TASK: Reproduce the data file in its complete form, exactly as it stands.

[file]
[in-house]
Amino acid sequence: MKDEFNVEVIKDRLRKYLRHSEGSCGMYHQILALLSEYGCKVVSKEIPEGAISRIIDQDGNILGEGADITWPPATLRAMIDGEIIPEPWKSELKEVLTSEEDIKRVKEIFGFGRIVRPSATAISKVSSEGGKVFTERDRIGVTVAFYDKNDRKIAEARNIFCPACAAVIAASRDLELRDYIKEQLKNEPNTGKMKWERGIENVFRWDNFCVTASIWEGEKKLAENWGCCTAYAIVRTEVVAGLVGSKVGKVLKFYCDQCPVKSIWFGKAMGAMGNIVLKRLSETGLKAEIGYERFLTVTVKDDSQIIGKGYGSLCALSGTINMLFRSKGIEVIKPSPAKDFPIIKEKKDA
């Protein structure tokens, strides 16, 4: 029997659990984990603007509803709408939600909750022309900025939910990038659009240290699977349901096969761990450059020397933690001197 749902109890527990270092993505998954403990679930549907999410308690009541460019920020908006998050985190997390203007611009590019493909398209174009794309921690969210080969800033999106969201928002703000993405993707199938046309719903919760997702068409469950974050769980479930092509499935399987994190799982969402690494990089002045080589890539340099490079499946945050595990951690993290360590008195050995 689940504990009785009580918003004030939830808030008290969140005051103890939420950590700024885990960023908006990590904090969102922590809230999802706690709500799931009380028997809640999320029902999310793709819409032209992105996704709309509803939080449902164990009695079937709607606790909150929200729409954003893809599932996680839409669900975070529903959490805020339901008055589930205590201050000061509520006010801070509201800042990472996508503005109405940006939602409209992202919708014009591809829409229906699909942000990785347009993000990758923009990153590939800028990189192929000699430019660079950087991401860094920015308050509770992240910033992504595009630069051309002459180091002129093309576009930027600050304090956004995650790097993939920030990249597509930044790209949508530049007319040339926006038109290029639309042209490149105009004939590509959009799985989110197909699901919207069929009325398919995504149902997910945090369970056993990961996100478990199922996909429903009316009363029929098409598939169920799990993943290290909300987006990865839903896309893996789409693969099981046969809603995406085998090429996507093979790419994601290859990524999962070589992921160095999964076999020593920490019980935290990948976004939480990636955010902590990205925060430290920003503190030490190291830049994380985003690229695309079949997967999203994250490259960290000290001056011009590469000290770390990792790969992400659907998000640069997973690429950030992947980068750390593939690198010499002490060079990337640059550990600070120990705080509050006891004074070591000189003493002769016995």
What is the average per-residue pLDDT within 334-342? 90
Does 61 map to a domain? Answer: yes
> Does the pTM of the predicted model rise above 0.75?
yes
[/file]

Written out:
[in-house]
Amino acid sequence: MKDEFNVEVIKDRLRKYLRHSEGSCGMYHQILALLSEYGCKVVSKEIPEGAISRIIDQDGNILGEGADITWPPATLRAMIDGEIIPEPWKSELKEVLTSEEDIKRVKEIFGFGRIVRPSATAISKVSSEGGKVFTERDRIGVTVAFYDKNDRKIAEARNIFCPACAAVIAASRDLELRDYIKEQLKNEPNTGKMKWERGIENVFRWDNFCVTASIWEGEKKLAENWGCCTAYAIVRTEVVAGLVGSKVGKVLKFYCDQCPVKSIWFGKAMGAMGNIVLKRLSETGLKAEIGYERFLTVTVKDDSQIIGKGYGSLCALSGTINMLFRSKGIEVIKPSPAKDFPIIKEKKDA
């Protein structure tokens, strides 16, 4: 029997659990984990603007509803709408939600909750022309900025939910990038659009240290699977349901096969761990450059020397933690001197 749902109890527990270092993505998954403990679930549907999410308690009541460019920020908006998050985190997390203007611009590019493909398209174009794309921690969210080969800033999106969201928002703000993405993707199938046309719903919760997702068409469950974050769980479930092509499935399987994190799982969402690494990089002045080589890539340099490079499946945050595990951690993290360590008195050995 689940504990009785009580918003004030939830808030008290969140005051103890939420950590700024885990960023908006990590904090969102922590809230999802706690709500799931009380028997809640999320029902999310793709819409032209992105996704709309509803939080449902164990009695079937709607606790909150929200729409954003893809599932996680839409669900975070529903959490805020339901008055589930205590201050000061509520006010801070509201800042990472996508503005109405940006939602409209992202919708014009591809829409229906699909942000990785347009993000990758923009990153590939800028990189192929000699430019660079950087991401860094920015308050509770992240910033992504595009630069051309002459180091002129093309576009930027600050304090956004995650790097993939920030990249597509930044790209949508530049007319040339926006038109290029639309042209490149105009004939590509959009799985989110197909699901919207069929009325398919995504149902997910945090369970056993990961996100478990199922996909429903009316009363029929098409598939169920799990993943290290909300987006990865839903896309893996789409693969099981046969809603995406085998090429996507093979790419994601290859990524999962070589992921160095999964076999020593920490019980935290990948976004939480990636955010902590990205925060430290920003503190030490190291830049994380985003690229695309079949997967999203994250490259960290000290001056011009590469000290770390990792790969992400659907998000640069997973690429950030992947980068750390593939690198010499002490060079990337640059550990600070120990705080509050006891004074070591000189003493002769016995």
What is the average per-residue pLDDT within 334-342? 90
Does 61 map to a domain? Answer: yes
> Does the pTM of the predicted model rise above 0.75?
yes